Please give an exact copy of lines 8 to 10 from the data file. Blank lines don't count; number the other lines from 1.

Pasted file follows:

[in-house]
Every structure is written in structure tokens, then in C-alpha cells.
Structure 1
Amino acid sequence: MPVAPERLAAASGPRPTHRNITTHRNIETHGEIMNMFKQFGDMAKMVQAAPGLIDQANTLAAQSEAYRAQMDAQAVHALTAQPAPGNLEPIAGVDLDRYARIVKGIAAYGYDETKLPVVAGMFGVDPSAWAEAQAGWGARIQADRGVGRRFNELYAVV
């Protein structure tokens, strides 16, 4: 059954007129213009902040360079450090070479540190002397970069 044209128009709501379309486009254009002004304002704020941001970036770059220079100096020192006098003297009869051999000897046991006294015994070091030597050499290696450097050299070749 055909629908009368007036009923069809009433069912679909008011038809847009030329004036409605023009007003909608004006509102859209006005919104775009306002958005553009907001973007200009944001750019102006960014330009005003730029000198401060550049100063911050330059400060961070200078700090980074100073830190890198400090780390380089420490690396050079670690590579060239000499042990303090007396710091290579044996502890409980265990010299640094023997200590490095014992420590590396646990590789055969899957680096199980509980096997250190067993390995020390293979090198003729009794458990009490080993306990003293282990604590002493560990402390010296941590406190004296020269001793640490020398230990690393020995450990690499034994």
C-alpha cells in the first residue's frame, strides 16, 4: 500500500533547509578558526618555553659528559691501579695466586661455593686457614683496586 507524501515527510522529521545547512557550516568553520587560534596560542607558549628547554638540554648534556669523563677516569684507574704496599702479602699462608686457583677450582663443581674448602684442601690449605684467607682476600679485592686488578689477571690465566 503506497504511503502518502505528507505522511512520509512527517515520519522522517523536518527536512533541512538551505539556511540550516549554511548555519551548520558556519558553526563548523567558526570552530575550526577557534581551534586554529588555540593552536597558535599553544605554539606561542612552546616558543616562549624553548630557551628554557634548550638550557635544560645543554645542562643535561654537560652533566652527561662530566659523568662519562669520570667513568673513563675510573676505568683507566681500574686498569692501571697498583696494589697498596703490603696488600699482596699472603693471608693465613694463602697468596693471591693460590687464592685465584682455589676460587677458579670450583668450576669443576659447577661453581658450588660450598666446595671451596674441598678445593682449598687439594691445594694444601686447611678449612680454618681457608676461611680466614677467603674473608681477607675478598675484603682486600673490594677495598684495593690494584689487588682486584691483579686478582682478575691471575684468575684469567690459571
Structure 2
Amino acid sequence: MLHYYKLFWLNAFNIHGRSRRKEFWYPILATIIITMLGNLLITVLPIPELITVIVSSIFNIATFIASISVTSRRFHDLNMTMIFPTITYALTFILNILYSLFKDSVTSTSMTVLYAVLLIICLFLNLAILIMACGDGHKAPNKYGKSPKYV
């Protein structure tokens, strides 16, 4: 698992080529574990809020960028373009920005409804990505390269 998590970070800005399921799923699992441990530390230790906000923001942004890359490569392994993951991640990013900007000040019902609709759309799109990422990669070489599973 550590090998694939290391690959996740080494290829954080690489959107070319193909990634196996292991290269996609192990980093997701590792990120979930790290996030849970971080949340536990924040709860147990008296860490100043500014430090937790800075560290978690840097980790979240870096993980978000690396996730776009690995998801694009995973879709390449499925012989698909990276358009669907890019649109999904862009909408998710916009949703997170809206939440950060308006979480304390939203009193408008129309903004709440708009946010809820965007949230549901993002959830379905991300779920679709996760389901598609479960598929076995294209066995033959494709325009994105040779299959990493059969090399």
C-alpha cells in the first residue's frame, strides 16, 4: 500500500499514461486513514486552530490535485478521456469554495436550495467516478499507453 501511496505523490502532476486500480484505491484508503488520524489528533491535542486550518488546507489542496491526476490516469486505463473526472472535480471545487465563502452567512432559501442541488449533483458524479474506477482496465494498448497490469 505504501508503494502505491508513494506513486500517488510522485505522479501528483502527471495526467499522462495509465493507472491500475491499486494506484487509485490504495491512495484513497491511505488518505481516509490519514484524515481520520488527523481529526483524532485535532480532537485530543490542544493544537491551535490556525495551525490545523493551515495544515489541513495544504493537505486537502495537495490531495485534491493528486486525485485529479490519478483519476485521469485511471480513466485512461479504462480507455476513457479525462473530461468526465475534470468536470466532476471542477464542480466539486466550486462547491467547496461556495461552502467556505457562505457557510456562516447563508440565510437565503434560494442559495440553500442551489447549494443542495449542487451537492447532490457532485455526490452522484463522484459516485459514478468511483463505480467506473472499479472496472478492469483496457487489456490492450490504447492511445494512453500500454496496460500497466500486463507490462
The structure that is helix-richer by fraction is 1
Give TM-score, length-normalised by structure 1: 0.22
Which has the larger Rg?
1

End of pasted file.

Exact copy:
Amino acid sequence: MLHYYKLFWLNAFNIHGRSRRKEFWYPILATIIITMLGNLLITVLPIPELITVIVSSIFNIATFIASISVTSRRFHDLNMTMIFPTITYALTFILNILYSLFKDSVTSTSMTVLYAVLLIICLFLNLAILIMACGDGHKAPNKYGKSPKYV
């Protein structure tokens, strides 16, 4: 698992080529574990809020960028373009920005409804990505390269 998590970070800005399921799923699992441990530390230790906000923001942004890359490569392994993951991640990013900007000040019902609709759309799109990422990669070489599973 550590090998694939290391690959996740080494290829954080690489959107070319193909990634196996292991290269996609192990980093997701590792990120979930790290996030849970971080949340536990924040709860147990008296860490100043500014430090937790800075560290978690840097980790979240870096993980978000690396996730776009690995998801694009995973879709390449499925012989698909990276358009669907890019649109999904862009909408998710916009949703997170809206939440950060308006979480304390939203009193408008129309903004709440708009946010809820965007949230549901993002959830379905991300779920679709996760389901598609479960598929076995294209066995033959494709325009994105040779299959990493059969090399």
C-alpha cells in the first residue's frame, strides 16, 4: 500500500499514461486513514486552530490535485478521456469554495436550495467516478499507453 501511496505523490502532476486500480484505491484508503488520524489528533491535542486550518488546507489542496491526476490516469486505463473526472472535480471545487465563502452567512432559501442541488449533483458524479474506477482496465494498448497490469 505504501508503494502505491508513494506513486500517488510522485505522479501528483502527471495526467499522462495509465493507472491500475491499486494506484487509485490504495491512495484513497491511505488518505481516509490519514484524515481520520488527523481529526483524532485535532480532537485530543490542544493544537491551535490556525495551525490545523493551515495544515489541513495544504493537505486537502495537495490531495485534491493528486486525485485529479490519478483519476485521469485511471480513466485512461479504462480507455476513457479525462473530461468526465475534470468536470466532476471542477464542480466539486466550486462547491467547496461556495461552502467556505457562505457557510456562516447563508440565510437565503434560494442559495440553500442551489447549494443542495449542487451537492447532490457532485455526490452522484463522484459516485459514478468511483463505480467506473472499479472496472478492469483496457487489456490492450490504447492511445494512453500500454496496460500497466500486463507490462